In 2011, Mr Hunter had a face transplant after receiving the go-ahead from Boston’s Brigham & Women’s Hospital. Around 30 doctors spent more than 14 hours reconstructing his face during the risky operation

The procedure involved micro-vascular surgery to connect the two main arteries to the new face, allowing his heart to start supplying it with blood. Mr Hunter’s new face was taken entirely from an organ donor, including the skin, soft tissue and cartilage from their nose, beard and eyebrows

Mr Hunter said: ‘I made the decision for my kids because I didn’t want to be the reason they were bullied or outcast at school. ‘Having people scream at the sight of you is upsetting, and I couldn’t imagine that happening in the company of my own children. ‘Having the transplant was the best decision of my life, and it has helped me put the accident behind me and finally move on with my life’

Mr Hunter woke up 27 days after the accident, surrounded by his family with no memory of the crash.

He needed 20 skin grafts from his leg and back to treat the skin on his face and neck which had ‘melted’. 

HOW DOES FACE TRANSPLANT WORK?

People who have been disfigured after a severe injury, were born with defects or suffered severe burns can opt to get a face transplant.

It is a complex operation that involves screening processes, at least 16 hours of surgery and medications that need to be taken for life. 

Once a donor’s face is available, one team of surgeons operate on the recipient’s face, while the other prepares the donor’s. 

Medics then connect the arteries, nerves and veins, before remaining muscles and nerves are joined.

Patients usually spend one week in intensive care and three to four weeks in a specialist unit. 

They will undergo rehabilitation to improve speech, smiling, eating, drinking, blinking and emotional expression.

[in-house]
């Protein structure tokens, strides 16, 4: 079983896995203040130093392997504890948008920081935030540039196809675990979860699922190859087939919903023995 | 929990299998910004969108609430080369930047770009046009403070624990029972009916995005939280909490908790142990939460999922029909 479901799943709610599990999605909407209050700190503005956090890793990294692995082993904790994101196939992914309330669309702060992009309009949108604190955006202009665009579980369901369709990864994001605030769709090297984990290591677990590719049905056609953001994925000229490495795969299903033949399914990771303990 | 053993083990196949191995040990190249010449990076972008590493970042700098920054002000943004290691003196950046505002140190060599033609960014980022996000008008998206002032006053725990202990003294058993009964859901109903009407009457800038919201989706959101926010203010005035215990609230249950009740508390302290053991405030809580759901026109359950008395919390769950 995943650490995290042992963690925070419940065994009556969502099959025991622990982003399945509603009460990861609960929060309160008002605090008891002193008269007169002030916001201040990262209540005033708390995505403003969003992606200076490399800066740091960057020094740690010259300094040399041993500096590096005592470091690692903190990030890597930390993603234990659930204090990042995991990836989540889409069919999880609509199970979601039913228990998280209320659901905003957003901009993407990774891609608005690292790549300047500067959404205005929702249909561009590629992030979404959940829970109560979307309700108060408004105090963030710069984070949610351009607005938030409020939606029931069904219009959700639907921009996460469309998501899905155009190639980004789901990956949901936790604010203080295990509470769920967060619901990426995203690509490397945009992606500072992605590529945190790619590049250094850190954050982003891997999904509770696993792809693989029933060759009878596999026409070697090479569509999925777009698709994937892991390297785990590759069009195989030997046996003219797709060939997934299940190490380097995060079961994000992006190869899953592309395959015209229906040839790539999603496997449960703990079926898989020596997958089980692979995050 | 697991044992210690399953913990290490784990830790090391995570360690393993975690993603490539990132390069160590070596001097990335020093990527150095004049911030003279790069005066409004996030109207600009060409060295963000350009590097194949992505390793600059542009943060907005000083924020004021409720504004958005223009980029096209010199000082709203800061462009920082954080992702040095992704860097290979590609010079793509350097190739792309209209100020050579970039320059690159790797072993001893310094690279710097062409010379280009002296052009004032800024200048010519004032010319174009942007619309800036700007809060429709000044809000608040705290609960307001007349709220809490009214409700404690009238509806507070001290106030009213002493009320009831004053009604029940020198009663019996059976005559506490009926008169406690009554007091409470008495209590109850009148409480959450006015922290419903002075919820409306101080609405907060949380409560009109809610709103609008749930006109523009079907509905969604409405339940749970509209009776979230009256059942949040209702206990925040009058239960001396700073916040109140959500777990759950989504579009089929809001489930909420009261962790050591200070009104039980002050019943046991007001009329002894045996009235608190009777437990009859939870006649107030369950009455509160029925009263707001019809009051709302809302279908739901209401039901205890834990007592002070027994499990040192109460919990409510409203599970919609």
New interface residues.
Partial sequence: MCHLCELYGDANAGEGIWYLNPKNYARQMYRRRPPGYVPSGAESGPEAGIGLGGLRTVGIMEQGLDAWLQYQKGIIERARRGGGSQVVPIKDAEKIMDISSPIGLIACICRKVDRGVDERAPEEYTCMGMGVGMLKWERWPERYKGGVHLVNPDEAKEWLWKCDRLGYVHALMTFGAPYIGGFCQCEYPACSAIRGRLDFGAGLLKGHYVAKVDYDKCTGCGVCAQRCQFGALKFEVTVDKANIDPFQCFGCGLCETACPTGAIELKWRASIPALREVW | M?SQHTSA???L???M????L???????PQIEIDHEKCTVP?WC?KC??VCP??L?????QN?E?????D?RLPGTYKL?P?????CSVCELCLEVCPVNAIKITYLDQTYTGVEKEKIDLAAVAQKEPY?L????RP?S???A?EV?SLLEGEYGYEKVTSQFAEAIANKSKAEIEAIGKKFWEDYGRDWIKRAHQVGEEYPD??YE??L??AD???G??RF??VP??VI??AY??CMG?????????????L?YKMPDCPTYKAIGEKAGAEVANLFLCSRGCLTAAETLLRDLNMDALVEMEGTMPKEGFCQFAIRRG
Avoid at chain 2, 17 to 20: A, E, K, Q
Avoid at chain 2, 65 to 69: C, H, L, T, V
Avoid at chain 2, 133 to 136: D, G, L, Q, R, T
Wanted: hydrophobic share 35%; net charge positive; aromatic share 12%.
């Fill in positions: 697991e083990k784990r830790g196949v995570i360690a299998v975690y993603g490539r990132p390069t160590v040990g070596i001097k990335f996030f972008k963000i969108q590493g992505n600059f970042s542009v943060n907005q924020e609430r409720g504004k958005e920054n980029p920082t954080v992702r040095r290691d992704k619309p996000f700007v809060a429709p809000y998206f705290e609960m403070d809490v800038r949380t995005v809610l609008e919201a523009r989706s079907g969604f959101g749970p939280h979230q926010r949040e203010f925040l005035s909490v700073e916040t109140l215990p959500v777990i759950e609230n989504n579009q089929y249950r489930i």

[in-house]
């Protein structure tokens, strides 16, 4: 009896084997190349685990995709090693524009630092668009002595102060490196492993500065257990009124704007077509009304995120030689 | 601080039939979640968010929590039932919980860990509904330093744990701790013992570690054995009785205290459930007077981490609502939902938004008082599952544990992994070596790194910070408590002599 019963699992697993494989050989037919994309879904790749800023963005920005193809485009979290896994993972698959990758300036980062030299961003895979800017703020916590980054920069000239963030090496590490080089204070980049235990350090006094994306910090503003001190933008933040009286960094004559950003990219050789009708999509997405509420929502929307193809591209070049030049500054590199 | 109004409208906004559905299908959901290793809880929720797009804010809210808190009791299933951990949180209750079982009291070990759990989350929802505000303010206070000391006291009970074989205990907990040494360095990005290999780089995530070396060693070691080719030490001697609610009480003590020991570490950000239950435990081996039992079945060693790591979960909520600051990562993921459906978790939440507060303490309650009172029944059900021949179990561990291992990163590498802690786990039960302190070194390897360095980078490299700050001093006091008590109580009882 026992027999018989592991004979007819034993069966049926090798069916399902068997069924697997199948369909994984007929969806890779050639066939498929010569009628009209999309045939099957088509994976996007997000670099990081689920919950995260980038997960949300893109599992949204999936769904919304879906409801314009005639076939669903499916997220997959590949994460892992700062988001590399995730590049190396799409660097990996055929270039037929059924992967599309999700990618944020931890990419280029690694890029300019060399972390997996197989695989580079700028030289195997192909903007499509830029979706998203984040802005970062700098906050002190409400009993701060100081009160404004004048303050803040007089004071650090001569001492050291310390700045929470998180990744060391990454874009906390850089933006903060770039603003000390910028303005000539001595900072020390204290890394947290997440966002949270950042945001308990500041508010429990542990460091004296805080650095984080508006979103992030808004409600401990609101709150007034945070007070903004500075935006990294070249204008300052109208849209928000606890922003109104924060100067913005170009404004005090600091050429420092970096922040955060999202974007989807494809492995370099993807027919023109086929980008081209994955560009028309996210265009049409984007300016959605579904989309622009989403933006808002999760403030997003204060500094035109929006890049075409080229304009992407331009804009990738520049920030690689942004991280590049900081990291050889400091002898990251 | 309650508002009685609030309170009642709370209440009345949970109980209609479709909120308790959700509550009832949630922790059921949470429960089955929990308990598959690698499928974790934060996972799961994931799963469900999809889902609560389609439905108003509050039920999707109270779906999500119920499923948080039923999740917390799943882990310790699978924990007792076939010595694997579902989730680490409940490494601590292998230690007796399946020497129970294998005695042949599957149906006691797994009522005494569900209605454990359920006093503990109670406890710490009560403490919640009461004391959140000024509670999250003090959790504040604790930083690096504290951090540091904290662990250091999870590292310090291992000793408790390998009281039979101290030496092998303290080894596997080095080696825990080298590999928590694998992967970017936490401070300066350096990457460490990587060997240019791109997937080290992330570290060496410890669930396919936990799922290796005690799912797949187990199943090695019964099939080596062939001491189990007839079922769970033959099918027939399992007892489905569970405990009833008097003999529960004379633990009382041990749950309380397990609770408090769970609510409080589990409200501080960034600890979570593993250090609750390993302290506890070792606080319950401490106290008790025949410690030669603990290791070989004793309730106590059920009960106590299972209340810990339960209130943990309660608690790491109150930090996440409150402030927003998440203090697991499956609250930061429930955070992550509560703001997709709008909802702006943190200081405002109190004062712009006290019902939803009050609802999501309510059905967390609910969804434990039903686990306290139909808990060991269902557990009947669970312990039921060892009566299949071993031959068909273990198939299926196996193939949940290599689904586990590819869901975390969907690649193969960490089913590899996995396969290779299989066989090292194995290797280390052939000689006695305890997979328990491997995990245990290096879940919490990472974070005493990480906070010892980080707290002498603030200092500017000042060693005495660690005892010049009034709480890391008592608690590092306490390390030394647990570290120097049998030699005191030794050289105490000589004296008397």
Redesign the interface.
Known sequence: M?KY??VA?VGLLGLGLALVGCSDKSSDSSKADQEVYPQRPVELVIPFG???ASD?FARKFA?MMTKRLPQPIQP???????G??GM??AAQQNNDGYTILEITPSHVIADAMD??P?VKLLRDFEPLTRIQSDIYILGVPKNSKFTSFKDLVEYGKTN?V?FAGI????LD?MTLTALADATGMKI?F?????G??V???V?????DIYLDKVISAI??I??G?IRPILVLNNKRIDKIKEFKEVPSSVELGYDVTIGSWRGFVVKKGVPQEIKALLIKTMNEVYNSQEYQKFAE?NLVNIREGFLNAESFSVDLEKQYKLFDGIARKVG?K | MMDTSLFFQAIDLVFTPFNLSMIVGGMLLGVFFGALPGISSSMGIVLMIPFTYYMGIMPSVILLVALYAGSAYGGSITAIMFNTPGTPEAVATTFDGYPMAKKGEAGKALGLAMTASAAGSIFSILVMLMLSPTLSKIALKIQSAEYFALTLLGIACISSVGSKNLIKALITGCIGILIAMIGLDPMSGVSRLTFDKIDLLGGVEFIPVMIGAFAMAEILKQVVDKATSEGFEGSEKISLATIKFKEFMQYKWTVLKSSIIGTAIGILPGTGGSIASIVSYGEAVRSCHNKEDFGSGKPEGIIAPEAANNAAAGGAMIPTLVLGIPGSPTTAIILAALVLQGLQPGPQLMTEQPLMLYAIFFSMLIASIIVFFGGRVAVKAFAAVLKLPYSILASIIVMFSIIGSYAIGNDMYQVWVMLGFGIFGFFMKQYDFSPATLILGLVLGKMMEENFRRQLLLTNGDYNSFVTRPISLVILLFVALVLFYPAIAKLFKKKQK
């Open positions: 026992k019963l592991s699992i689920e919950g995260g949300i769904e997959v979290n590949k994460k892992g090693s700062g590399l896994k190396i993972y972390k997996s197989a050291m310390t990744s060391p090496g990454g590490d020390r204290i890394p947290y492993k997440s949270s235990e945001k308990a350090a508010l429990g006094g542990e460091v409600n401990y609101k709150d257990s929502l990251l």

The procedure is risky, as the body can reject the new face as a foreign object, meaning the immune system fights against it. 

Source:  Johns Hopkins University

Mr Hunter and his girlfriend carried on with their lives and focused on his recovery following the initial facial surgeries, which included the skin-graft surgeries available at the time. 

But once his girlfriend became pregnant, Mr Hunter sought out new innovations so his children wouldn’t be afraid of his face.

By 2011, there had only been two successful face transplants in America, and 10 globally. There have now been around 50 performed around the world. 

That year, he had the face transplant after receiving the go-ahead from Boston’s Brigham & Women’s Hospital. 

Around 30 doctors spent more than 14 hours reconstructing his face during the risky operation. 

He needed micro-vascular surgery to connect the two main arteries to the new face, allowing his heart to start supplying it with blood.

Mr Hunter’s new face was taken entirely from an organ donor, including the skin, soft tissue and cartilage from their nose, beard and eyebrows. 

It took five months for the swelling to subside and the true traits of his facial features to emerge. 

Mr Hunter said he underwent the transplant because he ‘didn’t want his children to be embarrassed by him in the future’.

He is now unrecognisable with a full beard and a full sensation in his face.

Mr Hunter said: ‘Strangely enough I can grow my beard which once belonged to the donor which is really weird!

‘I made the decision for my kids because I didn’t want to be the reason they were bullied or outcast at school.

‘Having people scream at the sight of you is upsetting, and I couldn’t imagine that happening in the company of my own children.

‘Having the transplant was the best decision of my life, and it has helped me put the accident behind me and finally move on with my life.’